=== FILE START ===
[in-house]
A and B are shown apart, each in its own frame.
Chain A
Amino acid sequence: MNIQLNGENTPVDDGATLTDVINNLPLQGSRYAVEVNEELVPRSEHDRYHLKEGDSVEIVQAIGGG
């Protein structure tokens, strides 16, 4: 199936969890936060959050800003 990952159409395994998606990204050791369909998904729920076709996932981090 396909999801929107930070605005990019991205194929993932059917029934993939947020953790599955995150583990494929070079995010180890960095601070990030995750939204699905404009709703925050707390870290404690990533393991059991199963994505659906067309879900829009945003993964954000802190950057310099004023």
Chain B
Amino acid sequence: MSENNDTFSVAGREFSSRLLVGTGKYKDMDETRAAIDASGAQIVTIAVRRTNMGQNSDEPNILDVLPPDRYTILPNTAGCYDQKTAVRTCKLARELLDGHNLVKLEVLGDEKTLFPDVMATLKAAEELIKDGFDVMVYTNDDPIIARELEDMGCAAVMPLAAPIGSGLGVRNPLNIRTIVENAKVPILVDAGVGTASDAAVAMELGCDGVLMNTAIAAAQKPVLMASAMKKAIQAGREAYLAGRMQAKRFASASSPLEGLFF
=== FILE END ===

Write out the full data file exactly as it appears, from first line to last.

[in-house]
A and B are shown apart, each in its own frame.
Chain A
Amino acid sequence: MNIQLNGENTPVDDGATLTDVINNLPLQGSRYAVEVNEELVPRSEHDRYHLKEGDSVEIVQAIGGG
């Protein structure tokens, strides 16, 4: 199936969890936060959050800003 990952159409395994998606990204050791369909998904729920076709996932981090 396909999801929107930070605005990019991205194929993932059917029934993939947020953790599955995150583990494929070079995010180890960095601070990030995750939204699905404009709703925050707390870290404690990533393991059991199963994505659906067309879900829009945003993964954000802190950057310099004023």
Chain B
Amino acid sequence: MSENNDTFSVAGREFSSRLLVGTGKYKDMDETRAAIDASGAQIVTIAVRRTNMGQNSDEPNILDVLPPDRYTILPNTAGCYDQKTAVRTCKLARELLDGHNLVKLEVLGDEKTLFPDVMATLKAAEELIKDGFDVMVYTNDDPIIARELEDMGCAAVMPLAAPIGSGLGVRNPLNIRTIVENAKVPILVDAGVGTASDAAVAMELGCDGVLMNTAIAAAQKPVLMASAMKKAIQAGREAYLAGRMQAKRFASASSPLEGLFF